When running their store remotely, how do small companies spread the word about their stores and products? It’s all well and good having a channel in China, but how are they generating their sales?

We have come across a lot of companies who have set up a store on JD or Tmall but struggle to drive traffic to it, because it is a very crowded marketplace and it works very differently to Amazon, for example. On Amazon the promotion platform is more transparent, and it’s more advanced in terms of how it drives traffic to your store.

“Many British brands get frustrated with that and maybe don’t achieve the success that they hoped for.”

Many British brands get frustrated with that and maybe don’t achieve the success that they hoped for. Just having a presence on JD or Tmall is not enough. There are now many specialists in China and focused marketing agencies out there that can help you develop a following on WeChat or increase your rankings on these platforms and on search engines like Baidu, to drive traffic to your store. I think you really need that specialist’s insight in order to give you a chance for success.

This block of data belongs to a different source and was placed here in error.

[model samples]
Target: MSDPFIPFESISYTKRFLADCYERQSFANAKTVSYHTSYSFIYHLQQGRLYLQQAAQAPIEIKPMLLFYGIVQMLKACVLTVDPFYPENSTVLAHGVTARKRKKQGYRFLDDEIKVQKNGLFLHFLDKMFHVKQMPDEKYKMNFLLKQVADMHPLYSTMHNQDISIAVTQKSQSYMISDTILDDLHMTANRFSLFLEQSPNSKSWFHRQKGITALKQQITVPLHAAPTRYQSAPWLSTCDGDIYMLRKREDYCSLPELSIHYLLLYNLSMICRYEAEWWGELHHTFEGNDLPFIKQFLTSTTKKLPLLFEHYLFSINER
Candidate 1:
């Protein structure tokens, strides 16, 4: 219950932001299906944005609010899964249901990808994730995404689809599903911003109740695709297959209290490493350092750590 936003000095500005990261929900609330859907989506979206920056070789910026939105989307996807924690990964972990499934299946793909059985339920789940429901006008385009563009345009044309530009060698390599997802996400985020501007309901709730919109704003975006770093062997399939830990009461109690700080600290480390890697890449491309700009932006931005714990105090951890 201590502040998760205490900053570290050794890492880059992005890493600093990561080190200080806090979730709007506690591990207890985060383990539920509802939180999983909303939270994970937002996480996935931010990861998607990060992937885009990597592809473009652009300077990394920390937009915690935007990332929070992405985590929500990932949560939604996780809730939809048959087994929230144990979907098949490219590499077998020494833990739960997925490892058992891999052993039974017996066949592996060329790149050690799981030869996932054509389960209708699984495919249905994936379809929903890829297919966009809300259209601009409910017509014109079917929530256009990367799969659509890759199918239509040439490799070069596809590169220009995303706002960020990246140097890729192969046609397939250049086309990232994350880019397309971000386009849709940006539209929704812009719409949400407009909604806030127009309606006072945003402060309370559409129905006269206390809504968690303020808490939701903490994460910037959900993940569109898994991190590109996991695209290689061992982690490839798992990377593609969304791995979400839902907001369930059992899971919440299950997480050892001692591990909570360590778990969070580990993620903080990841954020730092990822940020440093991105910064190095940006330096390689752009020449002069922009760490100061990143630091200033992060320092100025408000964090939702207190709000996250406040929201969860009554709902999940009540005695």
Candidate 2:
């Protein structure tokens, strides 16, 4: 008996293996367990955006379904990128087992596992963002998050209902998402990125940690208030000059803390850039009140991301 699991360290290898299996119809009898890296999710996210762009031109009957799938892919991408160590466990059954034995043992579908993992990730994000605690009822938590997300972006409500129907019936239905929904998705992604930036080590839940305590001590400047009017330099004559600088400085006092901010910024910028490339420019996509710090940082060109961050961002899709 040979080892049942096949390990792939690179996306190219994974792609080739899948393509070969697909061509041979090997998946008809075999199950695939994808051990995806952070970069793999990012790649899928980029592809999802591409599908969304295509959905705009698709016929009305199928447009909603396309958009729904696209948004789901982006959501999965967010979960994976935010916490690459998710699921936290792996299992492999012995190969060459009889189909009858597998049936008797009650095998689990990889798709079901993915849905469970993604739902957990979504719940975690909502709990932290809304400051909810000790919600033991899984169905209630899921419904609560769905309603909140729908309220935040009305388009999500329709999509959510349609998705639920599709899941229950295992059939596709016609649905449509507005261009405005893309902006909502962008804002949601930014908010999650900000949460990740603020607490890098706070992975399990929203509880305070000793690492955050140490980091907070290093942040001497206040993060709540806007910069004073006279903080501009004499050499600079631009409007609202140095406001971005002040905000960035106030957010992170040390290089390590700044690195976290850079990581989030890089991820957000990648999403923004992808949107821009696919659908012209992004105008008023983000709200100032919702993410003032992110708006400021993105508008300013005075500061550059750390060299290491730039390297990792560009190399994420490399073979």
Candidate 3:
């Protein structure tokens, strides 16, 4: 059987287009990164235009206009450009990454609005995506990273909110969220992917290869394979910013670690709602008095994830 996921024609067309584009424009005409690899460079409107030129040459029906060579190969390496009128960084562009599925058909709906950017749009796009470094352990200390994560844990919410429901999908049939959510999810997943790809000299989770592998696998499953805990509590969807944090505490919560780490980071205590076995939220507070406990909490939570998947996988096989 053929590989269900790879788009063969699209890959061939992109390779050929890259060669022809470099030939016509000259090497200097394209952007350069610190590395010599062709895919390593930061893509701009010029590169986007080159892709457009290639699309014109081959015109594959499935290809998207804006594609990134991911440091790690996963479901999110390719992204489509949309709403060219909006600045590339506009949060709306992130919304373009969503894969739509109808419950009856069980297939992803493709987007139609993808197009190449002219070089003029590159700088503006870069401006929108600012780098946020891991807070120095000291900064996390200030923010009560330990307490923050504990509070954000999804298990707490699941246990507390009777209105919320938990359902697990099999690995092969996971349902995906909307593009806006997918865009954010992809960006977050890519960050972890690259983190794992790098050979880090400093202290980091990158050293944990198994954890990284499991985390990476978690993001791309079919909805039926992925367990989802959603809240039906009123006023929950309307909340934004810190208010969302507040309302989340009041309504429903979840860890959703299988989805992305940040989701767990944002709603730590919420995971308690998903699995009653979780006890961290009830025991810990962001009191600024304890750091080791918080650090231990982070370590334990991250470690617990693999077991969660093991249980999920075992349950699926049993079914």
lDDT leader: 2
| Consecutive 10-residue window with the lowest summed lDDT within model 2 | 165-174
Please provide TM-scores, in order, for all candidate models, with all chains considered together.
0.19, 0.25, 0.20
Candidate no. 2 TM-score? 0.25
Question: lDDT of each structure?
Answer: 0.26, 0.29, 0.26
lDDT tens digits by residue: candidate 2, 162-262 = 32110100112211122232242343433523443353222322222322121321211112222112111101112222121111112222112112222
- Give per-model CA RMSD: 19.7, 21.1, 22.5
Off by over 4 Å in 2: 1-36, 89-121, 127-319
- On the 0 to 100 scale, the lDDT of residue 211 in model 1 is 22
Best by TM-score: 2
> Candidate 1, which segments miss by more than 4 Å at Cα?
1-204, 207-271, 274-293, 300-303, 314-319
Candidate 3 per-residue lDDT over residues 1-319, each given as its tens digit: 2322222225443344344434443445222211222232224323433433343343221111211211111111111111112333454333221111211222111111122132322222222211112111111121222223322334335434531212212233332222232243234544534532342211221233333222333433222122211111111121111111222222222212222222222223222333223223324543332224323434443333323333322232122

With their product on the market in China, most businesses are going to need Chinese-speaking customer support, marketing, business development, and generally some hands-on support in country, what’s the best way to go about hiring before registration?

There are a number of options. You certainly don’t want to be handling these kinds of tasks without a native speaker. Many of our clients choose to hire recent grads or study-abroad students and have them work from their offices in the UK. Another option is to hire a professional agency for each of the tasks, but this can be expensive.